Worcester’s disgraceful ‘dompas’

Yadhana Jadoo

The old “dompas” system was used to restrict the movement of black South Africans during apartheid.

The revelations about the current “green-card system” are a reminder the scars of apartheid remain deeply embedded – so don’t tell us to “just get over it”. If you haven’t read the news by now, here it is: there is a new pass law for workers in Worcester in the Western Cape.

I call it a pass law, because that is exactly what it is.

This “green card”, you see, has once again segregated two sections of society – the rich and privileged from the poorer and less fortunate.

This week, national police commissioner Riah Phiyega confirmed to parliament’s police committee these “green cards” were initiated by the local Sector 4 Community Policing Forum (CPF) in collaboration with police. The “green card” project was initiated after a spate of crimes in the area.

People, such as gardeners, now have to apply for this card to find work or be in the area.

So why is this such a big deal?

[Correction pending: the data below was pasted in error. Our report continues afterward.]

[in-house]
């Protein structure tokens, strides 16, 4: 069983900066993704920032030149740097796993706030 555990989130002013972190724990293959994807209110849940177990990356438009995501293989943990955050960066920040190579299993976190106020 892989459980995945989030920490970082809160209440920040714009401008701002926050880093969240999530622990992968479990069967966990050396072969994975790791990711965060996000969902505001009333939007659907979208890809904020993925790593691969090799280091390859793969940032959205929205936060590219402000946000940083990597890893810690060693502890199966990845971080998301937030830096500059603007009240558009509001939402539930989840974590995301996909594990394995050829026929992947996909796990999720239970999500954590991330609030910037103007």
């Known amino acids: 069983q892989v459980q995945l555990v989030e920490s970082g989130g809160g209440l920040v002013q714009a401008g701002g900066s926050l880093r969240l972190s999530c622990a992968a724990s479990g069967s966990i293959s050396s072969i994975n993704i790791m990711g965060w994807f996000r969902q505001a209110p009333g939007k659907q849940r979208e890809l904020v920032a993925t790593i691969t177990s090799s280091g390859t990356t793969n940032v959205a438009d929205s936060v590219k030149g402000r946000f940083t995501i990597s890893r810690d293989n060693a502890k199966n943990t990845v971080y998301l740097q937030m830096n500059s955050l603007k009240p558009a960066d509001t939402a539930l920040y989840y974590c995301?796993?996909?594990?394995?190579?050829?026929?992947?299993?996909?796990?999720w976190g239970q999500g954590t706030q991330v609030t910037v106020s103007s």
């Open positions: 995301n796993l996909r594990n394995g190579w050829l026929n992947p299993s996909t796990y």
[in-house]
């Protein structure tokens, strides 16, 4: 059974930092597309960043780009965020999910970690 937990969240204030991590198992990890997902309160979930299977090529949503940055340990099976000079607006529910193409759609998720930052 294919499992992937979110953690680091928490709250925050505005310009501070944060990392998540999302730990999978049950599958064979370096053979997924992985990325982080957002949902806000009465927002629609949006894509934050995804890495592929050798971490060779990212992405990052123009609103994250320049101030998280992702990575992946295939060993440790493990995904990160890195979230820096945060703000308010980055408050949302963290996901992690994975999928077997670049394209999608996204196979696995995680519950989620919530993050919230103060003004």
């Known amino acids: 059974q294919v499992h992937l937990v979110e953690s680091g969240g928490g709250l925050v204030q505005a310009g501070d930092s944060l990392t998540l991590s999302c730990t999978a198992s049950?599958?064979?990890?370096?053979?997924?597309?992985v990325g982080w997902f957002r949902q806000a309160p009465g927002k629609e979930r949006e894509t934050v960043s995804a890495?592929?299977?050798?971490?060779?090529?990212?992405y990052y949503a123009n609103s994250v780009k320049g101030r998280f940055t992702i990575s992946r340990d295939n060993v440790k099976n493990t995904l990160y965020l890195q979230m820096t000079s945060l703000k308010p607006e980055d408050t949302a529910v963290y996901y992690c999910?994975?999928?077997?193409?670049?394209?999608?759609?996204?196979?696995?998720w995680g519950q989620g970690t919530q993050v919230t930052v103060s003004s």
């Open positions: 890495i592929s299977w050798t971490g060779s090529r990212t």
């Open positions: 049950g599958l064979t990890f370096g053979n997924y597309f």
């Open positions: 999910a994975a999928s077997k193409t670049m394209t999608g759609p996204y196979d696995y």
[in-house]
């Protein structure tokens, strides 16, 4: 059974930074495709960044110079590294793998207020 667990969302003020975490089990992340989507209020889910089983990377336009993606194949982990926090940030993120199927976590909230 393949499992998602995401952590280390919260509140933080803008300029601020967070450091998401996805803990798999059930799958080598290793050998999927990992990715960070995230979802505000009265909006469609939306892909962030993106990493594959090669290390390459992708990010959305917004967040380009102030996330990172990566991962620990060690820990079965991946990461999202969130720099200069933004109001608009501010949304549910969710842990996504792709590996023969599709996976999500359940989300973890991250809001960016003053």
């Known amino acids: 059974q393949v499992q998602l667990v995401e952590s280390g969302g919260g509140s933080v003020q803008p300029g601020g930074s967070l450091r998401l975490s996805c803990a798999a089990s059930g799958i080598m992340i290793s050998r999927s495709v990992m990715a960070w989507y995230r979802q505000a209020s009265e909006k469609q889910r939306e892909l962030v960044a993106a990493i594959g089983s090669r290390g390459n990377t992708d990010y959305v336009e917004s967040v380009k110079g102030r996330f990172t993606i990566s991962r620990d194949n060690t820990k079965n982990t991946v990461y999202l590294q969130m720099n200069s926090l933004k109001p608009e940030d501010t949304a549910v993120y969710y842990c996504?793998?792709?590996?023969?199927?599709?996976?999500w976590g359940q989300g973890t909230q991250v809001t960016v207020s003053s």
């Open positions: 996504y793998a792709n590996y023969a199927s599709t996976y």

Translated into English “dompas” literally means “dumb pass”.

During apartheid, pass laws were used to dictate when, where and for how long a black person could remain in a “white area”.

They were also used to entrench the belief those carrying a “dompas” were inferior to white South Africans. The passbook and the laws stripped people of their humanity. And whatever freedom of movement granted by the “dompas” in your pocket could be instantly revoked – by the police.

If you were not carrying your passbook you were jailed.

A “green pass” immediately takes us back to this dreadful era in our country. It is a very big deal indeed.

When approached for comment, Catherine Jacobs, a member of the policing forum, said: “Our hearts were in the right place … it was a good thing to start.”

How is this a “good thing”, when all this 2015 apartheid-style system has done is help suppress the racist “fears” of the white residents of Worcester? Jacobs should be reminded enshrined in our Constitution is the people’s right to movement.

We are free to walk on the pavements, as I am free to say what the CPF in Worscester did was unprogressive, underhanded and ugly.

A disgraceful and “dom” move.

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